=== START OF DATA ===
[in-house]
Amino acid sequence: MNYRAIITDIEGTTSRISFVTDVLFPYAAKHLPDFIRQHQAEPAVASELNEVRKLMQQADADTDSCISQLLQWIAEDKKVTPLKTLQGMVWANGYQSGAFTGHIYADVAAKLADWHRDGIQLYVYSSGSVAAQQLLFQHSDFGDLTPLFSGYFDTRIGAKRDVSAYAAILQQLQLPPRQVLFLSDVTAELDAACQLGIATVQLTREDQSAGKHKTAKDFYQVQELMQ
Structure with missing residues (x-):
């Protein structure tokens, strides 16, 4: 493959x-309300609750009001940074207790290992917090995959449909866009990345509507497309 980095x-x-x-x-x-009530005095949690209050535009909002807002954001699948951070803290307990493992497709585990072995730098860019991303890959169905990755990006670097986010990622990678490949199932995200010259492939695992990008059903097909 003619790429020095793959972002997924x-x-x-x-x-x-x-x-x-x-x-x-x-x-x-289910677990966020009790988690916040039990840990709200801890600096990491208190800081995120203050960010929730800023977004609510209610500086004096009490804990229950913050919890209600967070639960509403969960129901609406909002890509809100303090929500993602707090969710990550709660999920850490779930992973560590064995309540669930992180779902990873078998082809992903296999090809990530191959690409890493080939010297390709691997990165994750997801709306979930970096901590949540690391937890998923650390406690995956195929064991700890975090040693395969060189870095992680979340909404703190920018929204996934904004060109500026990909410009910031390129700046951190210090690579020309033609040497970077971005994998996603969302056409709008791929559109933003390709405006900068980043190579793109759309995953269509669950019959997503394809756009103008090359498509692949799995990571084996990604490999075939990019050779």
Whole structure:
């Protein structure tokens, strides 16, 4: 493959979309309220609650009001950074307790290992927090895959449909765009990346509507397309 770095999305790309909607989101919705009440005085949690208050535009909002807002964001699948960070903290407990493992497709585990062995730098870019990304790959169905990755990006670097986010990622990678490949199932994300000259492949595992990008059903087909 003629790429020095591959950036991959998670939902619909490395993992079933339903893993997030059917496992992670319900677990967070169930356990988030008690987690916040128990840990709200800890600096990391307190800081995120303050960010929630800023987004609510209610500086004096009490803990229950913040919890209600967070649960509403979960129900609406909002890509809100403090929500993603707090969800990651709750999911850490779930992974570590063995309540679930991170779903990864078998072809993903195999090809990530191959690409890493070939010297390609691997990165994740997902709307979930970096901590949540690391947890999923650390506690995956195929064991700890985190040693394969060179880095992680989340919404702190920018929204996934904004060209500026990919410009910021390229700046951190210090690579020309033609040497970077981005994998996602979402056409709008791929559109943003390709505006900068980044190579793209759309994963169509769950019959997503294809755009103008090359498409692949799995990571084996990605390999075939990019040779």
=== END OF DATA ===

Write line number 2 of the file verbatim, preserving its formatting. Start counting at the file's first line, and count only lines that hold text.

Amino acid sequence: MNYRAIITDIEGTTSRISFVTDVLFPYAAKHLPDFIRQHQAEPAVASELNEVRKLMQQADADTDSCISQLLQWIAEDKKVTPLKTLQGMVWANGYQSGAFTGHIYADVAAKLADWHRDGIQLYVYSSGSVAAQQLLFQHSDFGDLTPLFSGYFDTRIGAKRDVSAYAAILQQLQLPPRQVLFLSDVTAELDAACQLGIATVQLTREDQSAGKHKTAKDFYQVQELMQ